The initial intention of this research project was to engage with youth workers and young people as co-researchers, to develop a project together. I imagined a year-long project that combined a variety of methods, ways of engaging that would encourage the young people to take ownership and, if appropriate, to guide the project through each stage of the research design. The engagement with the group of young people, after 6 months of community involvement and participation, has raised many questions primarily around voice, participation, and choice in the research process. For example, the first session after the initial introduction provided an opportunity to reflect upon what participation means in regards to choice, as no one arrived to take part in the activities. The adult researcher’s agenda became irrelevant and offered an opportunity to reflect upon how children and young people are able to ‘voice’ their own agendas in many ways. Ben Lohmeyer (2020) suggests how viewing young people as having ‘parallel projects’ when it comes to engaging with research, enables the research process to be discussed and evaluated in terms set by both the adult researcher and the young people. Positioning the young people as researchers from the off was an agenda set by the adults, prompting us to question whether the young people were sufficiently able, at such an early stage in the process, or even interested in engaging with setting a research question.
The nature of each interaction within these sessions informs part of the data collection, crucially recognising how participation is fitting into the young people’s lives and about how non-participation and voice are entangled within the definition of choice for the young people. Sessions were generally held after school and often the young people arrived describing their disengagement with school and lack of energy. Looking back on my reflective notes, I see that in the introductory session, before consent was obtained, I have noted that having a check-in style option could potentially alleviate some of the tensions when the young people first arrive. As a novice researcher it took weeks for this to come into fruition, my confidence in implementing things increasing week on week. Once I did implement this, I was able to see what the young people identified as feeling at the start of each session (see Figure 1). This was then compared with the activities done in session and the discussions that the group took part in. This comparison highlighted that tiredness had an impact upon their engagement during the sessions. By recognising how the sessions were fitting into their lives, I was able to build a picture of participation for the young people and shape the project according to what the young people were saying through the different avenues of communication. Moving forward I aimed to hold less sessions after school and more out of term time.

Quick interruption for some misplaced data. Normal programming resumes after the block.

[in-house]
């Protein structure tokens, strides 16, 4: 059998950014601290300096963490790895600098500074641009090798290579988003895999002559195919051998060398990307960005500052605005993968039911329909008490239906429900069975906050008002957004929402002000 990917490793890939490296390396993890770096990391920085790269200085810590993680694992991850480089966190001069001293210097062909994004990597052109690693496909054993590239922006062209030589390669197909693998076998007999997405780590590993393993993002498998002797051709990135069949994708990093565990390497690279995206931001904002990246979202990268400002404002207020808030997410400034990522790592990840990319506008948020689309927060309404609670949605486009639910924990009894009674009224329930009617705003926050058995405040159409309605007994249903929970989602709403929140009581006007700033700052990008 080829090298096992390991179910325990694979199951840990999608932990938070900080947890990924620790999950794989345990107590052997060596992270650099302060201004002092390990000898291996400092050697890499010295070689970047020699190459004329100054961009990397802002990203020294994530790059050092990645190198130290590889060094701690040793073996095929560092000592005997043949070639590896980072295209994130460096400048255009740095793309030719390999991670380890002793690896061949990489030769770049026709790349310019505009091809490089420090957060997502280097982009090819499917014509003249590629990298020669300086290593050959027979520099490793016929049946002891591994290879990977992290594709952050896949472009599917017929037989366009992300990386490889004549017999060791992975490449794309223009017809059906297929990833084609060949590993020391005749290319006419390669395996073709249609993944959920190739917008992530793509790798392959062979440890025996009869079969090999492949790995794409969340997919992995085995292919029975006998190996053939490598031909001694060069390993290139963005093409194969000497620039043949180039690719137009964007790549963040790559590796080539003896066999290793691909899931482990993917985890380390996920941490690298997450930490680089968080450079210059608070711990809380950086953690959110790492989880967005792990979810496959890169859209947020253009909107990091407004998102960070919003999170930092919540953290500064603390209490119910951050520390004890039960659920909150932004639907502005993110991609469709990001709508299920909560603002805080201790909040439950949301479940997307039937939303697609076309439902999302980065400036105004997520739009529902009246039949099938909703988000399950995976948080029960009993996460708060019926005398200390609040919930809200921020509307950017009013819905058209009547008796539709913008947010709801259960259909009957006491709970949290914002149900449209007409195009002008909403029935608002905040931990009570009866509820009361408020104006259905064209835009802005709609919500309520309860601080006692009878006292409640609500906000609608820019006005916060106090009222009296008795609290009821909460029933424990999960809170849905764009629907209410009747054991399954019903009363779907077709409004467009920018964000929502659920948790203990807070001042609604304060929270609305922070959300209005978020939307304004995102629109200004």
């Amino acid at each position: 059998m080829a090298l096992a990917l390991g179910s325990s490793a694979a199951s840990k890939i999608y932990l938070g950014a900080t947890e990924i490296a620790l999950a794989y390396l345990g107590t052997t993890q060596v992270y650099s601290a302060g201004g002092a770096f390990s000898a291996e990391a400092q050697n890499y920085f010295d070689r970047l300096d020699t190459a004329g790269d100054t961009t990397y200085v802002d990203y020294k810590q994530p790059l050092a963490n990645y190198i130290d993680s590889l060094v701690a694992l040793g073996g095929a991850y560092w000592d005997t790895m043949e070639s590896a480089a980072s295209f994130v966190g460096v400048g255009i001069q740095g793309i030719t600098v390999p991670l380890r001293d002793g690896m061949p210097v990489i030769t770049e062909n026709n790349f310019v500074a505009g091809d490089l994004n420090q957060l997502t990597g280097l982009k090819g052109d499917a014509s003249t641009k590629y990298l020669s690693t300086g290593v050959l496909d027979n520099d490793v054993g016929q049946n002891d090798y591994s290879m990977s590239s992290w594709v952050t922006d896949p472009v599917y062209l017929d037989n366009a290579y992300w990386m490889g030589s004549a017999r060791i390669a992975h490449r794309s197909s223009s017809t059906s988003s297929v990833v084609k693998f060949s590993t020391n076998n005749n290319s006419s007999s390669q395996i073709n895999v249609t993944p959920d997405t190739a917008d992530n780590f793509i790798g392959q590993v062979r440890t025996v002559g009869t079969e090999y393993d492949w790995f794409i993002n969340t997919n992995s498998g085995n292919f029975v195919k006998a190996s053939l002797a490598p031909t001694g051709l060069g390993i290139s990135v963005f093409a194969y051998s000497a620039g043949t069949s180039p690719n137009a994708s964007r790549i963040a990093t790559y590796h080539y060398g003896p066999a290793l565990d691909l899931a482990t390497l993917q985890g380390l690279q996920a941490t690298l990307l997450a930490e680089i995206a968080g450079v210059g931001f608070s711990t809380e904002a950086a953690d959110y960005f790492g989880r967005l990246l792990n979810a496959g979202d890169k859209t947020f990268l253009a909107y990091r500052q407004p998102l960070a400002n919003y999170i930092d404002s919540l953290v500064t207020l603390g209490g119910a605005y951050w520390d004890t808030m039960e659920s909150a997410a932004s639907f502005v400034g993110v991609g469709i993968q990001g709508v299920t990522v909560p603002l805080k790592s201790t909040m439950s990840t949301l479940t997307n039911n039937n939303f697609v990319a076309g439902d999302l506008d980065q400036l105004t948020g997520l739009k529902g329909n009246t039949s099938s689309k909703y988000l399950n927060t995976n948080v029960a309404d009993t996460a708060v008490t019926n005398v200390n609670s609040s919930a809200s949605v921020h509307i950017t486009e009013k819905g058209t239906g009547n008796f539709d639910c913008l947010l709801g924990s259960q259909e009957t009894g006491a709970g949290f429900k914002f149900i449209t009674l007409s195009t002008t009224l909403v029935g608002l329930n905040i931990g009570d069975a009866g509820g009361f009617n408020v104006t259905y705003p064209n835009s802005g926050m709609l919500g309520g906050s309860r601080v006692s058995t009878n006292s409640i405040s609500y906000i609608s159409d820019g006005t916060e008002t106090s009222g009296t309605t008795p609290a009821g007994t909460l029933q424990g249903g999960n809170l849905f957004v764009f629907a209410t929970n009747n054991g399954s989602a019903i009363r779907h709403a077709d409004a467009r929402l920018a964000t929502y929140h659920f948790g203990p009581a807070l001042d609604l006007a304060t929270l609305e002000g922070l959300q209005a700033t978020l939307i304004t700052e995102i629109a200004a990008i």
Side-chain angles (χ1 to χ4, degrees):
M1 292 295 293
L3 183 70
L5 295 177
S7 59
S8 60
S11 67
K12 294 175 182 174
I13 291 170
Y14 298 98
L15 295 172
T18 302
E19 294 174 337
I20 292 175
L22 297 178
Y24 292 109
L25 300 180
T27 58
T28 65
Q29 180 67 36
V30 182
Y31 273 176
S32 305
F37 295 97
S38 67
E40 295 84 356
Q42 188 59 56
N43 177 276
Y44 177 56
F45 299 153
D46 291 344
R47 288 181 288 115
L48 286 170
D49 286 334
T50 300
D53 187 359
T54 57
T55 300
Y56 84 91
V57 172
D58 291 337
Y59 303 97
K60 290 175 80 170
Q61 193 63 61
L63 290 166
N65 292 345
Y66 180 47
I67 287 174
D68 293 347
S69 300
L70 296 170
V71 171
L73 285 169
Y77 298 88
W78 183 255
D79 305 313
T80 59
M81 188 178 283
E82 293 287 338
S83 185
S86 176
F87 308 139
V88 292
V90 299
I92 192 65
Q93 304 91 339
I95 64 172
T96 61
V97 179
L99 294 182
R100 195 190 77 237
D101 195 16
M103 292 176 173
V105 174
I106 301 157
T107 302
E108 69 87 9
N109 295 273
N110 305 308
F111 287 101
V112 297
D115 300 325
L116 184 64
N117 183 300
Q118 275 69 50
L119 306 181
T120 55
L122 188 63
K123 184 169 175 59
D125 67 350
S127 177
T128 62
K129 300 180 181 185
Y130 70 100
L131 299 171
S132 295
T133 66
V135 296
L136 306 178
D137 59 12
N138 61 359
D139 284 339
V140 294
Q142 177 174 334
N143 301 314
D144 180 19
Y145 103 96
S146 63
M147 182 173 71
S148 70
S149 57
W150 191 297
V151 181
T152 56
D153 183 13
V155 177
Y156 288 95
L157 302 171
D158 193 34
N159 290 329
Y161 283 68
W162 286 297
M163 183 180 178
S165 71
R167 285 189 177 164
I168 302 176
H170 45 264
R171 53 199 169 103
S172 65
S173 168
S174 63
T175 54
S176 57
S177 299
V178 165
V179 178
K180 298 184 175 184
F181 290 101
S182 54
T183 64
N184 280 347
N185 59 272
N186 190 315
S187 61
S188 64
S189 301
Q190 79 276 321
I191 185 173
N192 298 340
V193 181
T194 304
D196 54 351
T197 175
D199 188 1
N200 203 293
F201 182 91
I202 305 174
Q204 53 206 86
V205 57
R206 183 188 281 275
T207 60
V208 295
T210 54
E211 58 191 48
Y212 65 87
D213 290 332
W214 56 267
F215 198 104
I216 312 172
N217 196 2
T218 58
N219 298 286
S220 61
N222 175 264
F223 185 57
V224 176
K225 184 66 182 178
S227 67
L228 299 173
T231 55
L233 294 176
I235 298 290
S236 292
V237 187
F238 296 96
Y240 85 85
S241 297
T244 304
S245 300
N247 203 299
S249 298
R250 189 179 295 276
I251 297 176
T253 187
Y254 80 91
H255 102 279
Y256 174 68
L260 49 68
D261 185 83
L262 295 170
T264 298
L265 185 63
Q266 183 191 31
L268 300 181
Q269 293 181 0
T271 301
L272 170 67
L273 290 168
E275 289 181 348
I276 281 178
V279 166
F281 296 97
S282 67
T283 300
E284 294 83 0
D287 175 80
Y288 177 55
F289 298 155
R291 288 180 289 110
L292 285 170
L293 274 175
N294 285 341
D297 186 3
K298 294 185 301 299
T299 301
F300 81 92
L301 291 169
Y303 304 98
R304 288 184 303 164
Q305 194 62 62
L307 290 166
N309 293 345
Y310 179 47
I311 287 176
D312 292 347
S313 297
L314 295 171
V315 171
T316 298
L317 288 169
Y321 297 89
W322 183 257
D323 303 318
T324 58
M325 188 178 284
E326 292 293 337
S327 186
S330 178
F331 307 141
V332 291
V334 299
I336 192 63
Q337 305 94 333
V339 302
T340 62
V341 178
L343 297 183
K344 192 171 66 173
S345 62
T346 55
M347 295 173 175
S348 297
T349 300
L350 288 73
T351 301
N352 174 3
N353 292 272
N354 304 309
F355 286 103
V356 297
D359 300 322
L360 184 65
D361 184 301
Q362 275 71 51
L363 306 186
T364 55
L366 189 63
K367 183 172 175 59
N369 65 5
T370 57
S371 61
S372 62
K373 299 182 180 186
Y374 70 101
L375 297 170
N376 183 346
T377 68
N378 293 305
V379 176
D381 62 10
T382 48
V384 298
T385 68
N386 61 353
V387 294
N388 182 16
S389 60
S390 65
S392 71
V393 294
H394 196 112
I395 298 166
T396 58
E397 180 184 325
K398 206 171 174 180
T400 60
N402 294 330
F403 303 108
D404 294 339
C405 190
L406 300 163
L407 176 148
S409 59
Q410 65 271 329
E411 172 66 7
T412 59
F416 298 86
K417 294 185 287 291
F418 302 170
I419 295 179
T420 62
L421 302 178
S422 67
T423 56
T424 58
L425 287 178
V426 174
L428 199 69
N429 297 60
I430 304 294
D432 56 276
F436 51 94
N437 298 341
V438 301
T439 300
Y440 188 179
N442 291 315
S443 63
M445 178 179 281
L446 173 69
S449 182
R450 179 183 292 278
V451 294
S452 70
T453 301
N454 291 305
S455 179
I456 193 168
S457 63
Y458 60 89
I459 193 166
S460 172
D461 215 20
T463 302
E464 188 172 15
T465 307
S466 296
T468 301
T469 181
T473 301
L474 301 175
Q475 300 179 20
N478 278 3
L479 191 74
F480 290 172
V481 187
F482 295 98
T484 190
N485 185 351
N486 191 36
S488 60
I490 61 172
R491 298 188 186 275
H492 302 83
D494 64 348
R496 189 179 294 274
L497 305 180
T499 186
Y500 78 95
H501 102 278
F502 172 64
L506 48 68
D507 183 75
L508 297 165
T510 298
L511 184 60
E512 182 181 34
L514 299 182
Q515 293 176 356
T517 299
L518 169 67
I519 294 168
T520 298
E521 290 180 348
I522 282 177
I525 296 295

(Figure 1) Check in responses from participants
Chart 1 (left) – Post School; Chart 2 (right) – School Holidays
As I have a background in professional photography, I initially intended on using visual and creative methods with the young people, as they are also widely acknowledged for their ability to give voice when working with marginalised groups. Interestingly, in this project, these creative techniques have not enabled the young people to have multi voiced opportunities of expression, rather limited their outcomes to ones suggested by the adult researcher. So far, creative methods have provided less opportunity for the young people to express their lived experience than the more traditional qualitative method of informal focus groups. When comparing a photo elicitation exercise that the adult researcher directed, with a focus group that was led by discussions decided upon by the young people, I was clearly able to identify where the participation was enabling the voices of the young people to be elevated and how when driven by an adult agenda it was almost discouraging the expression of the young people. Consequently, discussions that arose from the focus groups have led on to the potential formation of research questions and progression led by the young people has meant that their ‘parallel project’ of doing something for the community and establishing community events is now leading the research proposal.
At this point I can see how working to understand and illustrate the complexities of research with children and young people, such as the multivoicedness of children and young people’s expressions and interactions, broadens the discussion around how to effectively build a research project that strives to elevate youth voice at every stage. This research is still in the very early stages, and as I am lucky enough to have an opportunity to engage with a group of young people through a longitudinal study, I hope to explore how researchers can further recognise the mulitvoicedness of children and young people engaged in the research process and how researchers can sufficiently respond to the multivoicedness of participation with children and young people.
*The views expressed in the blog are those of the author alone. They do not reflect the position of the Saw Swee Hock Southeast Asia Centre, nor that of the London School of Economics and Political Science.